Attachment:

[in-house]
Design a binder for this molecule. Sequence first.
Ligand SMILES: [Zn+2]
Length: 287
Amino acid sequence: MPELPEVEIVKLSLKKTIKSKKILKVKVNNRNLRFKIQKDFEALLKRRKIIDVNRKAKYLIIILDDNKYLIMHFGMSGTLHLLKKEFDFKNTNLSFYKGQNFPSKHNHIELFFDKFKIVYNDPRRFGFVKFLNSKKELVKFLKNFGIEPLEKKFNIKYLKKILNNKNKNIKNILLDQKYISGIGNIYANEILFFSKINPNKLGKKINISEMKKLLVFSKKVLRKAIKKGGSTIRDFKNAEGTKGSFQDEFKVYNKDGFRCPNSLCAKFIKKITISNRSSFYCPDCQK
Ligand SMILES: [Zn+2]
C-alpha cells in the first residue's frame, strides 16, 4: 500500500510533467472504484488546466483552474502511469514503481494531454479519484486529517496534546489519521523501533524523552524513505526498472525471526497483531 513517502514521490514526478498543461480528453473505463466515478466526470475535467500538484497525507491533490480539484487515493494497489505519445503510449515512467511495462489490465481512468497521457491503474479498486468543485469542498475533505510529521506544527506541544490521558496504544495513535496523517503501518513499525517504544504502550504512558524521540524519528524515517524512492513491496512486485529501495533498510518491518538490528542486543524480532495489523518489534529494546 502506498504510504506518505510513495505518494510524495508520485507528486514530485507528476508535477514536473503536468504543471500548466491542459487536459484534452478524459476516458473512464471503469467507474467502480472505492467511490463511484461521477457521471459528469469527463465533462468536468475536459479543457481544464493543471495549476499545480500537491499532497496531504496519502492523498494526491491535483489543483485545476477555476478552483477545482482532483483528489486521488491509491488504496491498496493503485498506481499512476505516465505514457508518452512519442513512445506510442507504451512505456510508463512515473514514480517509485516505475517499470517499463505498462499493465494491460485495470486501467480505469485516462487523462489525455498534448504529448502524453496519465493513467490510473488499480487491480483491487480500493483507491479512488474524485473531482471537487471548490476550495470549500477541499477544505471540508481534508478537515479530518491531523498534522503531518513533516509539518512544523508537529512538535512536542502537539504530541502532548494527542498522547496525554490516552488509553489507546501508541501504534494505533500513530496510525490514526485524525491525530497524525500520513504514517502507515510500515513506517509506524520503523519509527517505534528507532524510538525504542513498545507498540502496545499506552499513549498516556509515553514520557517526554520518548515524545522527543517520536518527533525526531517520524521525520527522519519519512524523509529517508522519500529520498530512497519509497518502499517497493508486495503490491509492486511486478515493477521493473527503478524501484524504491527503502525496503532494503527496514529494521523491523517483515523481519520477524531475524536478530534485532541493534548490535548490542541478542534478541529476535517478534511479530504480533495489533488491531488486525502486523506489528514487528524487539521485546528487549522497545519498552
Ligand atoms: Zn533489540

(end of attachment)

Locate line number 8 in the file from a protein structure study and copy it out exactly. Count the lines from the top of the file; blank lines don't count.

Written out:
Ligand atoms: Zn533489540